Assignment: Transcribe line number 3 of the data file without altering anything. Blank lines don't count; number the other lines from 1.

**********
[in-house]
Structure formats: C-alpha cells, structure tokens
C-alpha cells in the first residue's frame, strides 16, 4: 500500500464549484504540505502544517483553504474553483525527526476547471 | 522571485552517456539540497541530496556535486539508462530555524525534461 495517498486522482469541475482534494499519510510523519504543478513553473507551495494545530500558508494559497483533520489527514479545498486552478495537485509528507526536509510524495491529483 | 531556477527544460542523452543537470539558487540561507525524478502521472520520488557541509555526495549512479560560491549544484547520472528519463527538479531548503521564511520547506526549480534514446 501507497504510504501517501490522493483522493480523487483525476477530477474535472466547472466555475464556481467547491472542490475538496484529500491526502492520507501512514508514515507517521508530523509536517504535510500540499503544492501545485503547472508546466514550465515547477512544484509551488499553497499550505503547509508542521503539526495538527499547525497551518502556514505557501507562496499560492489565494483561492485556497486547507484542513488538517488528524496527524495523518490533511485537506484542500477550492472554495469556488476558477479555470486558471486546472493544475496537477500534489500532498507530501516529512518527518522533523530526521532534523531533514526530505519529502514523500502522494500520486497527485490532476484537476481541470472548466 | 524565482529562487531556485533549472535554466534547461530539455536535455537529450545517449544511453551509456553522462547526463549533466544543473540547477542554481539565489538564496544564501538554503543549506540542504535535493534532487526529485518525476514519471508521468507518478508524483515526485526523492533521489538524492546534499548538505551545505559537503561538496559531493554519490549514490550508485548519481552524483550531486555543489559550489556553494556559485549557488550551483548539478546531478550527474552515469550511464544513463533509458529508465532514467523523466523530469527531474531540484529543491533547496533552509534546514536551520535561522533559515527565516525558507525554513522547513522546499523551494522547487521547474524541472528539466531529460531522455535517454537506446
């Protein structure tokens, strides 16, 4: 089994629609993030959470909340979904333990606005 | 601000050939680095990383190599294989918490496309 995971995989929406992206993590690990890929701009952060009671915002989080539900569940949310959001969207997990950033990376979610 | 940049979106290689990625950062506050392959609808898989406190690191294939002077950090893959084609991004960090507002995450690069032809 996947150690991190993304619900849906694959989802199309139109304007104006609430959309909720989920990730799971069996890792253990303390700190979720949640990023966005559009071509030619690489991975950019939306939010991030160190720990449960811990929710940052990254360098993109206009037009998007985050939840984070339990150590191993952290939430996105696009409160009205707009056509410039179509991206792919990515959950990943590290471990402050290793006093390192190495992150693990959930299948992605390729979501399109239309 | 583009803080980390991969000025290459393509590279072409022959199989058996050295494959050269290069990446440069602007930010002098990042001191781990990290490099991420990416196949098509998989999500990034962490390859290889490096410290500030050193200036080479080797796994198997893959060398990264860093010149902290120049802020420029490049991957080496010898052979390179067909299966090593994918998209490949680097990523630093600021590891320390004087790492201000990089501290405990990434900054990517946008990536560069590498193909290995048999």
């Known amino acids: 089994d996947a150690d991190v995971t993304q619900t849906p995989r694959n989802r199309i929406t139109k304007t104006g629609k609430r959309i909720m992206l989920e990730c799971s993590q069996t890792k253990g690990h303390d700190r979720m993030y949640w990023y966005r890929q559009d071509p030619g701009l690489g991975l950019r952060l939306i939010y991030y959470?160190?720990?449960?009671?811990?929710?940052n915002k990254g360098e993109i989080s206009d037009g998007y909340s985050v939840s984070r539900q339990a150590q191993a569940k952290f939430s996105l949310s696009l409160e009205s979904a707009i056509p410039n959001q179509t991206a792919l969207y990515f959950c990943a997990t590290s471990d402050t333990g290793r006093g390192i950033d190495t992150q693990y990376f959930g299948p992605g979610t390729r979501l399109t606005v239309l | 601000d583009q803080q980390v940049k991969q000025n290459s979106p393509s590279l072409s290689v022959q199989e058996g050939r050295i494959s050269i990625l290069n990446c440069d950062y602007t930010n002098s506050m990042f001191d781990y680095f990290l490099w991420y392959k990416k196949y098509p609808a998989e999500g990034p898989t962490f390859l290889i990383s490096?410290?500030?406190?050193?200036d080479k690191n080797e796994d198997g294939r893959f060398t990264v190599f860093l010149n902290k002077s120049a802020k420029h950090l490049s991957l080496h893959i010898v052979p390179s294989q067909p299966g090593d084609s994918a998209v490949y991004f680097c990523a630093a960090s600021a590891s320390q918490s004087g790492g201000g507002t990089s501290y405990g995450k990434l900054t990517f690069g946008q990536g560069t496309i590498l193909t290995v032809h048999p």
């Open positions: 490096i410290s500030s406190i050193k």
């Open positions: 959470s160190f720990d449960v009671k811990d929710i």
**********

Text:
C-alpha cells in the first residue's frame, strides 16, 4: 500500500464549484504540505502544517483553504474553483525527526476547471 | 522571485552517456539540497541530496556535486539508462530555524525534461 495517498486522482469541475482534494499519510510523519504543478513553473507551495494545530500558508494559497483533520489527514479545498486552478495537485509528507526536509510524495491529483 | 531556477527544460542523452543537470539558487540561507525524478502521472520520488557541509555526495549512479560560491549544484547520472528519463527538479531548503521564511520547506526549480534514446 501507497504510504501517501490522493483522493480523487483525476477530477474535472466547472466555475464556481467547491472542490475538496484529500491526502492520507501512514508514515507517521508530523509536517504535510500540499503544492501545485503547472508546466514550465515547477512544484509551488499553497499550505503547509508542521503539526495538527499547525497551518502556514505557501507562496499560492489565494483561492485556497486547507484542513488538517488528524496527524495523518490533511485537506484542500477550492472554495469556488476558477479555470486558471486546472493544475496537477500534489500532498507530501516529512518527518522533523530526521532534523531533514526530505519529502514523500502522494500520486497527485490532476484537476481541470472548466 | 524565482529562487531556485533549472535554466534547461530539455536535455537529450545517449544511453551509456553522462547526463549533466544543473540547477542554481539565489538564496544564501538554503543549506540542504535535493534532487526529485518525476514519471508521468507518478508524483515526485526523492533521489538524492546534499548538505551545505559537503561538496559531493554519490549514490550508485548519481552524483550531486555543489559550489556553494556559485549557488550551483548539478546531478550527474552515469550511464544513463533509458529508465532514467523523466523530469527531474531540484529543491533547496533552509534546514536551520535561522533559515527565516525558507525554513522547513522546499523551494522547487521547474524541472528539466531529460531522455535517454537506446